March/April 2023 - 12

Gill's mealybug
in pistachio
Close monitoring and
smart rotations are key
Gill's mealybug nymphs on a pistachio green tip
in March. Photos: David Haviland, University of California
ill's mealybug is a persistent pest of pistachios,
feeding on nut clusters and leaving behind a mess in
the form of honeydew, affecting nut marketability.
The honeydew serves as a substrate for black sooty molds
that stain the hulls, but not the shells underneath. Because
the insects suck up sugars that would otherwise enhance
nut growth, the nuts may be smaller and less likely to split
when they should. These mealybugs mainly attack the nut
hulls, so they're not found on pre-bearing or male trees.
Young California pistachio orchards thus go through
a period where they are not infested. The mealybugs
eventually appear and build up over time, but typically they
can be maintained at a low level with good management.
In California, winter monitoring for Gill's mealybug
would reveal dead adult females on the trunks and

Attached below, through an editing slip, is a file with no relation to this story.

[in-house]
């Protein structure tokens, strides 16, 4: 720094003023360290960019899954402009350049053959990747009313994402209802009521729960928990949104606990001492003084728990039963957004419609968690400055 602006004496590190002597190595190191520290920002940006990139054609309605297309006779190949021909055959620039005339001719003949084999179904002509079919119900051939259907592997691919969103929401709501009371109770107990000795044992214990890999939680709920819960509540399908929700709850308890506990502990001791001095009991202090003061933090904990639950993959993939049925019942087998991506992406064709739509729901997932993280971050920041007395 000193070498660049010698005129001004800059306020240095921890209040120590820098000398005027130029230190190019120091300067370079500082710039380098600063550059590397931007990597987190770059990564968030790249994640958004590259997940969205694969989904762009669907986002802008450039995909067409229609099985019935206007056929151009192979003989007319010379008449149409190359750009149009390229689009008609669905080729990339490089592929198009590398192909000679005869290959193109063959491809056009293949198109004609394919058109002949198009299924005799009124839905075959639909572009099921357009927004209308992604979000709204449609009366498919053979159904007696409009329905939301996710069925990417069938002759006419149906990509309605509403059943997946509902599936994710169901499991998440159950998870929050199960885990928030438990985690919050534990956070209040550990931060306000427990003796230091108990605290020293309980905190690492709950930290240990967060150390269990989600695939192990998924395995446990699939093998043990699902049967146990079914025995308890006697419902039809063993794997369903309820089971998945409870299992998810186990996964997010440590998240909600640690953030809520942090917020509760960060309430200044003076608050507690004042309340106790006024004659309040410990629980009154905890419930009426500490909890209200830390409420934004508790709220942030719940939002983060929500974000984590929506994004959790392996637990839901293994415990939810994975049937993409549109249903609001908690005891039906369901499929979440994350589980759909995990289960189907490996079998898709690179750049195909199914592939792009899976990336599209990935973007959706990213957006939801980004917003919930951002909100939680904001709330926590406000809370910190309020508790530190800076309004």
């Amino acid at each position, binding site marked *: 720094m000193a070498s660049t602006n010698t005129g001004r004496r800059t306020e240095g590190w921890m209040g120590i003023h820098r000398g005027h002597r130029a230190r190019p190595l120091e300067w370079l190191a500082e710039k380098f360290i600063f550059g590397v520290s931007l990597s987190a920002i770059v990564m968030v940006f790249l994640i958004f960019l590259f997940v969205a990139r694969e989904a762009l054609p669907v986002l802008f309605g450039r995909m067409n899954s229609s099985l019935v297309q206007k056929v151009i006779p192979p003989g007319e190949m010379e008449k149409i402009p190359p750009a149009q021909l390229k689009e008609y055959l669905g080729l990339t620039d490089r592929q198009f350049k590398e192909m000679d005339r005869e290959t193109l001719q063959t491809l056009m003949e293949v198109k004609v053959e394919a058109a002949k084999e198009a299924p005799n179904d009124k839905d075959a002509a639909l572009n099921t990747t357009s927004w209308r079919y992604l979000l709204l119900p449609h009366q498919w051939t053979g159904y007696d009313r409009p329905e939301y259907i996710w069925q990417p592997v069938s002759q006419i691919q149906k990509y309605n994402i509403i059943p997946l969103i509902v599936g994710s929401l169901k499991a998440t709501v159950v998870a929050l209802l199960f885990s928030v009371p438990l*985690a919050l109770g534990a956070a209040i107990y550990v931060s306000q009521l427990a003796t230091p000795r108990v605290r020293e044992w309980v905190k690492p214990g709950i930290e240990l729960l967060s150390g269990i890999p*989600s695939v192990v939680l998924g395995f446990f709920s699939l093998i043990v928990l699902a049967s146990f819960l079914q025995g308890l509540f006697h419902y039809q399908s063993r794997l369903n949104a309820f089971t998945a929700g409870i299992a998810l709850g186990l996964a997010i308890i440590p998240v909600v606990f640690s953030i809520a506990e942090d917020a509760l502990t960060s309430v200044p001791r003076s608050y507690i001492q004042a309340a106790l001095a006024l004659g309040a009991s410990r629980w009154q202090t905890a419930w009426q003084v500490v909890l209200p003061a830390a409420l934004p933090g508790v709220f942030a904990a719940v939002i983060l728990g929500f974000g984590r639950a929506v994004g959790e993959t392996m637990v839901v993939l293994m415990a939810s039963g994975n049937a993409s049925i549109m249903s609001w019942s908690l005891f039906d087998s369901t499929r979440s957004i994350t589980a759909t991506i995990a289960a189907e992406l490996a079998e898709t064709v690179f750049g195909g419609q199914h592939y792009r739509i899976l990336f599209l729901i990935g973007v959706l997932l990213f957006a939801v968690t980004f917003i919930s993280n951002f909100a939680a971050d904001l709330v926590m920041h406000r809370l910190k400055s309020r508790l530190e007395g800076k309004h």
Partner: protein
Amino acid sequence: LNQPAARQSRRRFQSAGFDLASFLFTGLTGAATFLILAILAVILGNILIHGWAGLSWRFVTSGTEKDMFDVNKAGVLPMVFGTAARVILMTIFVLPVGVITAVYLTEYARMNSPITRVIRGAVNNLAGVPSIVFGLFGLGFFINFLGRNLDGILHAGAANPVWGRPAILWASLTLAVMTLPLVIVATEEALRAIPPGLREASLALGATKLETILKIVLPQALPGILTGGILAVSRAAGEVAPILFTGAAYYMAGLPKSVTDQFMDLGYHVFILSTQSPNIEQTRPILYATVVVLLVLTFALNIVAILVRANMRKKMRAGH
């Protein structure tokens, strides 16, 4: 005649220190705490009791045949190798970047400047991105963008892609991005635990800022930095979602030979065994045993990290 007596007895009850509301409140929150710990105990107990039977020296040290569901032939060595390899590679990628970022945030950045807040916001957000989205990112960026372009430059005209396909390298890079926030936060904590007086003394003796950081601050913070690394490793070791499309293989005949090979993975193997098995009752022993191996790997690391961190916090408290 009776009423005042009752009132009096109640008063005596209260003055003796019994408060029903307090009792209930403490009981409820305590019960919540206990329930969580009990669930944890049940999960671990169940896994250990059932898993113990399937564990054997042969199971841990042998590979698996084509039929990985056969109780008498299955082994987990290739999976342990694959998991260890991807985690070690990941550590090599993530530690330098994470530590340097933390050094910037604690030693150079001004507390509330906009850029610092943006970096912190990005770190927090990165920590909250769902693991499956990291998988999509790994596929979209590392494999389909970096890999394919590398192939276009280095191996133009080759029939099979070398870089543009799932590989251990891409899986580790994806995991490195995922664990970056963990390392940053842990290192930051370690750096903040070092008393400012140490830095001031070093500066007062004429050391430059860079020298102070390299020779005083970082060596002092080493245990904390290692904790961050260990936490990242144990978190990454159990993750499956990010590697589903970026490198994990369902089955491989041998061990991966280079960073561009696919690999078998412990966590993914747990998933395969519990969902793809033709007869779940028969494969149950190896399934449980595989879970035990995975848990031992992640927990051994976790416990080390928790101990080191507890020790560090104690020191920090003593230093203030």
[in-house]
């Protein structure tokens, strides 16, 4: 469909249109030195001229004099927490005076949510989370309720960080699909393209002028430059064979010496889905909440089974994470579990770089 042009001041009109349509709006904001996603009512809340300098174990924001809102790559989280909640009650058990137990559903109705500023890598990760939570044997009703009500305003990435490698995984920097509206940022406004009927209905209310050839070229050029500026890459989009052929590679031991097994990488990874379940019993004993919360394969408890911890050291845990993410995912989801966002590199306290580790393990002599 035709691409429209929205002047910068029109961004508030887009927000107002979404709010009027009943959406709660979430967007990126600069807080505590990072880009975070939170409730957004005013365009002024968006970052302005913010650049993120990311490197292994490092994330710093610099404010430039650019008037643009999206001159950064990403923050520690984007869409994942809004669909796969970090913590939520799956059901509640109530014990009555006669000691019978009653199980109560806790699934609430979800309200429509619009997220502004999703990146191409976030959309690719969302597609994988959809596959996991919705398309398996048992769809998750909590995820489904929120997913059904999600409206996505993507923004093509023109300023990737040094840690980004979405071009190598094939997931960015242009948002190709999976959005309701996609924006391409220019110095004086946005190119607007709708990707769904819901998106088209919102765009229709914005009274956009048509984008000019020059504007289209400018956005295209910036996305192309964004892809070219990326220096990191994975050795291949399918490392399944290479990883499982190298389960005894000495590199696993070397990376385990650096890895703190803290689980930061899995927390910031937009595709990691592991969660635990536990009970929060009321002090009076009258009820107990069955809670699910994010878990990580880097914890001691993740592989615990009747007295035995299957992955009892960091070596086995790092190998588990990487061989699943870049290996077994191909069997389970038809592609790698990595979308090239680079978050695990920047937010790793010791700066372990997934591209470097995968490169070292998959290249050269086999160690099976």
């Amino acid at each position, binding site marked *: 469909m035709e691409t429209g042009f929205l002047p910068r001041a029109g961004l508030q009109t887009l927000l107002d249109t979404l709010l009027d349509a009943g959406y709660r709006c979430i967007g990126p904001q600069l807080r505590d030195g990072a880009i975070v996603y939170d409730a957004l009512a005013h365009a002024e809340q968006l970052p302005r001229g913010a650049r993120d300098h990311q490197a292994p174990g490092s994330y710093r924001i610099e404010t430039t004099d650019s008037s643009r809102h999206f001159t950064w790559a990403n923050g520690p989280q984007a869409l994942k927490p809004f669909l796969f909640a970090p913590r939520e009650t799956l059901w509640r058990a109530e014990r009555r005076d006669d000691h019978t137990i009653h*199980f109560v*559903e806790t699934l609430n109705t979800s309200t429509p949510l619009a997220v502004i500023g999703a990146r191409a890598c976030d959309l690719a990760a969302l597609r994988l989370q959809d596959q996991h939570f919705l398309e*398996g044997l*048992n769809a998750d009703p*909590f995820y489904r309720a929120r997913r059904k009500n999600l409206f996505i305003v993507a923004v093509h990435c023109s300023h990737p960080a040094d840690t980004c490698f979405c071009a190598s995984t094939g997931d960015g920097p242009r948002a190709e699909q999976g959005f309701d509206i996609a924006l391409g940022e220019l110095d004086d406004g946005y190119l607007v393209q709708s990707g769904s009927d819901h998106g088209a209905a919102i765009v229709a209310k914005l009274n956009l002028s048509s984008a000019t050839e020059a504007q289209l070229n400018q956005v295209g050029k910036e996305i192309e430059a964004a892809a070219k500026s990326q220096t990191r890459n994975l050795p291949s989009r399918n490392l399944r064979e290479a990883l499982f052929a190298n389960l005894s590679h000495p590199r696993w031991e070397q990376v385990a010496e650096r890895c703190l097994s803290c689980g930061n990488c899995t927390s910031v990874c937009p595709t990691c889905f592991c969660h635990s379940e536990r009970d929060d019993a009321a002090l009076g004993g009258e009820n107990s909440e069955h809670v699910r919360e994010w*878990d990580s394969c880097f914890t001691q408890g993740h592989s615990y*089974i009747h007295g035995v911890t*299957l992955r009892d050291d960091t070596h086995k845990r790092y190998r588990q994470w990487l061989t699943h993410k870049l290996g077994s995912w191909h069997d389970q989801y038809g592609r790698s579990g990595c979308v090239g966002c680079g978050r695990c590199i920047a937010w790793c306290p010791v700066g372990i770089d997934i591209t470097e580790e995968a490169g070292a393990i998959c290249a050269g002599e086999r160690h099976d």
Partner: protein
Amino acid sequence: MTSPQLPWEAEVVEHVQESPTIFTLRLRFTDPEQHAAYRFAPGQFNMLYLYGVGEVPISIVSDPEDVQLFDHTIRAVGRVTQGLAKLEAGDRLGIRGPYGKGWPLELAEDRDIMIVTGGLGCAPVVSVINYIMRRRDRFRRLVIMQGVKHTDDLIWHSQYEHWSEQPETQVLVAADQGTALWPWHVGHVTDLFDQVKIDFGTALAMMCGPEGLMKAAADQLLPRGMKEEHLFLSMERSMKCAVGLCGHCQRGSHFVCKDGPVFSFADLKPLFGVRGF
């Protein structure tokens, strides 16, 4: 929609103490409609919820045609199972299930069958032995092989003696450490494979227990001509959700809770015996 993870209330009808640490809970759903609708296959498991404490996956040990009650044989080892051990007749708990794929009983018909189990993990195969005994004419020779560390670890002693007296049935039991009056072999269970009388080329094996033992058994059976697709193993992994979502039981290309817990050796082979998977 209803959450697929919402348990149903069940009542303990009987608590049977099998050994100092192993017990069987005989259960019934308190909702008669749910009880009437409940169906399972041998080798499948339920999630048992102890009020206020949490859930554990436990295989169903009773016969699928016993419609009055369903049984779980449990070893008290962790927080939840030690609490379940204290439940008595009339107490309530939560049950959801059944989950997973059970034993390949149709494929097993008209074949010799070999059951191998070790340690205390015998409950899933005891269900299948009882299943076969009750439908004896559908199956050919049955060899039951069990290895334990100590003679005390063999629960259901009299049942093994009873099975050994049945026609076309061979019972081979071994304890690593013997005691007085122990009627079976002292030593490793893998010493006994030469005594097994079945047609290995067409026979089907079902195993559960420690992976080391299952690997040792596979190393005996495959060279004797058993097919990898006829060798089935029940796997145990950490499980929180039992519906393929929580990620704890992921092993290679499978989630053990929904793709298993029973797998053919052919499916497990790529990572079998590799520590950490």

branches. The females possess two wide tails, distinguishing
them from grape mealybugs, which feature four slender
tails, two short and two long. Also, when poked, grape
mealybugs exude a red liquid, but Gill's mealybug does
not. The grape mealybug does not require treatment, so
it is important to determine the species as part of the pest
management program.
Spots of heavy infestation of the dead mealybug adults in
the winter can be flagged for careful checking in the spring.
Early instar nymphs are also present in winter, but their
tiny size and their behavior of hiding in cracks render them
invisible in winter.
" You don't care about (the dead mealybugs). What you
care about is the babies that they made, that are teeny,
tiny, first instars, tucked away in cracks and crevices, so
you're never going to find them, " said David Haviland,
farm advisor, University of California Cooperative
Extension, during a 2020 presentation. " I shouldn't say,
'never going to find them,' because you are going to find
them - around March. "
In March, the nymphs crawl to the buds, where they
are visible on and near the new green tips. By late April,
adult females make little " cotton candy " nests. By the

March/April 2023

Table of Contents for the Digital Edition of March/April 2023

March/April 2023 - 1
March/April 2023 - 2
March/April 2023 - 3
March/April 2023 - 4
March/April 2023 - 5
March/April 2023 - 6
March/April 2023 - 7
March/April 2023 - 8
March/April 2023 - 9
March/April 2023 - 10
March/April 2023 - 11
March/April 2023 - 12
March/April 2023 - 13
March/April 2023 - 14
March/April 2023 - 15
March/April 2023 - 16
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March/April 2023 - 25
March/April 2023 - 26
March/April 2023 - 27
March/April 2023 - 28